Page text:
Even though revising might be a lot easier when the text-to-be-changed is in electronic format rather than written down in handwriting, there is no scientifically proven correlation between the quality of revision and the application of a computer. At the same time, a vast usage of computers indeed increases the instances of revising. Still, neither a computer in general nor specific software will assist a student in revising well and going beyond mere correcting of obvious mistakes unless he/she is guided by a teacher who talks not about problems in certain parts of the text but rather the paper as a whole. Such an approach prompts students to deal with papers holistically and thus reveals them the idea behind the writing process.

Revision – What Is It?

A revision is not a problem, if you know what it is. Usually, it is one of the last steps in writing: you will create an outline, a draft, and then a revision of the draft. A revision can also be described as a process of refining the initial draft to meet the original requirements for the paper.

What Does It Mean?

It is better to explain what a revision is not. It has nothing to do with editing. If you are correcting grammar and spelling mistakes, it is not revising. If you are using a spell check in your word processing software, you are not revising the paper. You are editing it. You are proofreading the draft.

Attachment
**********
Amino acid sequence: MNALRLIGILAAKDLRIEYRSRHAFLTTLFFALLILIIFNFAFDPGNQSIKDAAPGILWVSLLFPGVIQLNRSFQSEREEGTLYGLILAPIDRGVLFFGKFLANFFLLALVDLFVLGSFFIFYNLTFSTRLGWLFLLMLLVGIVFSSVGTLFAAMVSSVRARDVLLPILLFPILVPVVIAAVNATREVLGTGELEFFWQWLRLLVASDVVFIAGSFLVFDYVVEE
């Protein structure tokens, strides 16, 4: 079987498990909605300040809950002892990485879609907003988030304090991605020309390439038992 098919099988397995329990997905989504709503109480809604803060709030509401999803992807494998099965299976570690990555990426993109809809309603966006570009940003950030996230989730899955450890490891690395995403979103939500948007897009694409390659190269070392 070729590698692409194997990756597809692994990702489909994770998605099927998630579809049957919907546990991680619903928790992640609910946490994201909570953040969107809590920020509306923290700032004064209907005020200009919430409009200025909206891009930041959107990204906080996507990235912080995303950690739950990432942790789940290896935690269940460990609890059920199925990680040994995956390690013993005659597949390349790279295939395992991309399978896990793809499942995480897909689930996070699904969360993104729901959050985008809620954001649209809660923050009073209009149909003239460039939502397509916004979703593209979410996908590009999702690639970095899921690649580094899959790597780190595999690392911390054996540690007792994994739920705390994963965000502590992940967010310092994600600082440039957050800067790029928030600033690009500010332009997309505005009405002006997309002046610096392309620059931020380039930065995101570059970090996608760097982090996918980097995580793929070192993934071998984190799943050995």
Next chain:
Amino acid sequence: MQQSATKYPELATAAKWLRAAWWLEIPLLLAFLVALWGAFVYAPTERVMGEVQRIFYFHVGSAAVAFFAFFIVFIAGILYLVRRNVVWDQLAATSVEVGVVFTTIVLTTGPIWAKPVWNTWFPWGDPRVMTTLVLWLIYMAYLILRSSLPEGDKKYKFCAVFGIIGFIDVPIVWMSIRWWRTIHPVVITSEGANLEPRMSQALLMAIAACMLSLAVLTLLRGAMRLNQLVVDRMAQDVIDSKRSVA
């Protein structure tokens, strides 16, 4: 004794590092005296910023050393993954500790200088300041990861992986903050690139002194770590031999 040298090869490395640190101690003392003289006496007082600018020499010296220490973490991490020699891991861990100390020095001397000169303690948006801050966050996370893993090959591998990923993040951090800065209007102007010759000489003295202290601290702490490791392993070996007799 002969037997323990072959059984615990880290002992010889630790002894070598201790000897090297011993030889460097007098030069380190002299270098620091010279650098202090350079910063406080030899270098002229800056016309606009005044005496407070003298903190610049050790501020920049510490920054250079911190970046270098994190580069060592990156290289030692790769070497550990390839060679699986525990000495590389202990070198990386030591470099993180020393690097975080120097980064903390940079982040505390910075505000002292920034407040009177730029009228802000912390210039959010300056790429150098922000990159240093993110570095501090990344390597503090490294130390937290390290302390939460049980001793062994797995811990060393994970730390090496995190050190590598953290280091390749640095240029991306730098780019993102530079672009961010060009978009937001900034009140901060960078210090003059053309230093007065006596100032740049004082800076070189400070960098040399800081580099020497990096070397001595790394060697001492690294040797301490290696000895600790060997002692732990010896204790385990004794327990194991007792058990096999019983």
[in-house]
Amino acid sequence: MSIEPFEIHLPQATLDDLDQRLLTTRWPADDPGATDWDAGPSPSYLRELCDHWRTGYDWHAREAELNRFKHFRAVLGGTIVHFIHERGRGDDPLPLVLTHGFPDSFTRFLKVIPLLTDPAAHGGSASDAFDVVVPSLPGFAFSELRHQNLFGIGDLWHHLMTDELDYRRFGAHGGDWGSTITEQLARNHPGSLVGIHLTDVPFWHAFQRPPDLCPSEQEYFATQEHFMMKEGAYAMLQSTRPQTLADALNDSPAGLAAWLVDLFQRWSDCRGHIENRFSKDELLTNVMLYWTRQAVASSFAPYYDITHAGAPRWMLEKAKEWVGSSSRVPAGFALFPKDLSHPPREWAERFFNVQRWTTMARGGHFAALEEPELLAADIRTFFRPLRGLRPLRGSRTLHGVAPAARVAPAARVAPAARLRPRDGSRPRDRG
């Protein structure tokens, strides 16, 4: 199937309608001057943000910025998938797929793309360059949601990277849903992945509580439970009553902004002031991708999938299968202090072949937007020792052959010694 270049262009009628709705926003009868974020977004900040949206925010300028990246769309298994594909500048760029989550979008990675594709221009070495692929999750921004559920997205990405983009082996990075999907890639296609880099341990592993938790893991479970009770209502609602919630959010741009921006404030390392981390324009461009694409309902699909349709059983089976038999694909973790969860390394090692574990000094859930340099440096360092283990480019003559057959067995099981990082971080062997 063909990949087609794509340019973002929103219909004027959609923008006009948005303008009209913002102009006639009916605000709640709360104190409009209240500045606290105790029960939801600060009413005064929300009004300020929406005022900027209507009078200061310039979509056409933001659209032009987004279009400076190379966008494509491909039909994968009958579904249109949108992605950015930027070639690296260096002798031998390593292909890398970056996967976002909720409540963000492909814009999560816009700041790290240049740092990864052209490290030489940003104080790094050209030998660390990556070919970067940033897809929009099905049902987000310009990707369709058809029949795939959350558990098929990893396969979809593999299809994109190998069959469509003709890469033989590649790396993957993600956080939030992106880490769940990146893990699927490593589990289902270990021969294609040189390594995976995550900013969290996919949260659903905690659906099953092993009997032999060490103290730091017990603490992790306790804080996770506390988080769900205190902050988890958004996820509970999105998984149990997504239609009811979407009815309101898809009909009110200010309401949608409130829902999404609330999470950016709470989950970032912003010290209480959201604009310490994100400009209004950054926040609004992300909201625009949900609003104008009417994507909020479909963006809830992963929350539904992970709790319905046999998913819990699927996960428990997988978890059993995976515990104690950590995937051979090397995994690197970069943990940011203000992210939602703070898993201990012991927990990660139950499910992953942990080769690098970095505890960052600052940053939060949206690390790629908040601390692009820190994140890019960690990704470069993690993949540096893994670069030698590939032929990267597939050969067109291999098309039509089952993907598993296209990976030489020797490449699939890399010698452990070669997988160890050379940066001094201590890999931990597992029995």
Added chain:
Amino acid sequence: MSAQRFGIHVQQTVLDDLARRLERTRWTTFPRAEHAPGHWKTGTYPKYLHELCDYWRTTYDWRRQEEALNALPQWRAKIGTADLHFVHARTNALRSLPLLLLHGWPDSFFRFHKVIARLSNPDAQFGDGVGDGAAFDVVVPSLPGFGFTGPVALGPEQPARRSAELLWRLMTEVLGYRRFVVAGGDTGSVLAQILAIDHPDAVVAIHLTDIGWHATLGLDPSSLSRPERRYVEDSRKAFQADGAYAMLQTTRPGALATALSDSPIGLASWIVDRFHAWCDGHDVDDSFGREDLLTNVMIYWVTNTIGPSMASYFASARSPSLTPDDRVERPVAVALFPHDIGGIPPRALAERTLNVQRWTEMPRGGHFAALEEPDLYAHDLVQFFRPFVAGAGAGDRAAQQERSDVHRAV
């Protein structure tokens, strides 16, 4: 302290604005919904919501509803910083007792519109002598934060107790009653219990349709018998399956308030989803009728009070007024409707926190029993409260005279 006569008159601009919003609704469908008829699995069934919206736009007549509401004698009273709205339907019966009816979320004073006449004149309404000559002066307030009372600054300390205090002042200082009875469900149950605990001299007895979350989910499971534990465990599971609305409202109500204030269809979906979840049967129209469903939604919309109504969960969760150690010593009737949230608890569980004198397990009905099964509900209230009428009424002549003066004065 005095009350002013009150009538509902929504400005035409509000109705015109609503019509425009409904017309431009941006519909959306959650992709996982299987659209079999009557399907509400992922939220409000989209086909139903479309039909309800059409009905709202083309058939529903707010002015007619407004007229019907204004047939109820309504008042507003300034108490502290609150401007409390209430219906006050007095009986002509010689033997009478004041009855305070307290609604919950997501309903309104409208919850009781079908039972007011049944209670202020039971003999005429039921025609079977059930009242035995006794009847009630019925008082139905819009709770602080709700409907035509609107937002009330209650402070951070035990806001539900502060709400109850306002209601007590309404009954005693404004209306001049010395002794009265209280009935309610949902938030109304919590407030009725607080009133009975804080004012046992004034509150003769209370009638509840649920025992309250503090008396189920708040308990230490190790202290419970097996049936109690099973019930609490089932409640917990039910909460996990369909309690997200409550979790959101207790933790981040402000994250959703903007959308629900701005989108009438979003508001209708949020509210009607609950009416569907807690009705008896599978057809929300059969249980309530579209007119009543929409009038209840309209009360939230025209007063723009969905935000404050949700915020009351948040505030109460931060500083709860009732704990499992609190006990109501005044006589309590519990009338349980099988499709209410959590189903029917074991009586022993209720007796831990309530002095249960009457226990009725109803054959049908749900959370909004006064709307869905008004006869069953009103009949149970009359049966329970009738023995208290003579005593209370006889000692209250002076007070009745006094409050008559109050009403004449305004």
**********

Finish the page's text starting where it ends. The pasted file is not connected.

Now stop and think about what a revision actually is. It is a long and enduring process, when you review what you have written (or someone else has) and redesign the text to make it more congruent, coherent, logical, and so on. If you go to the library and find textbooks on academic writing, you will find their advice on making revisions to be empty and useless. For example, you may read something like “avoid redundancy”. What is it? How does it look? You cannot know. However, you can know how to make your text better, clearer, and more understandable for the reader.

So, to revise your paper, one of the first things is to take a break. Keep at a distance from your text. Take yourself away from it. You need to come back with a fresh look. For example, you can finish the draft in the evening and start revising it in the morning. If you can, you can leave your draft behind for a few days. Focus on something different. Forget about it. Do not think about it all the time. When you are back, you will see what needs to be revised to make the text better. You can do it as many times as needed, until the text looks perfect.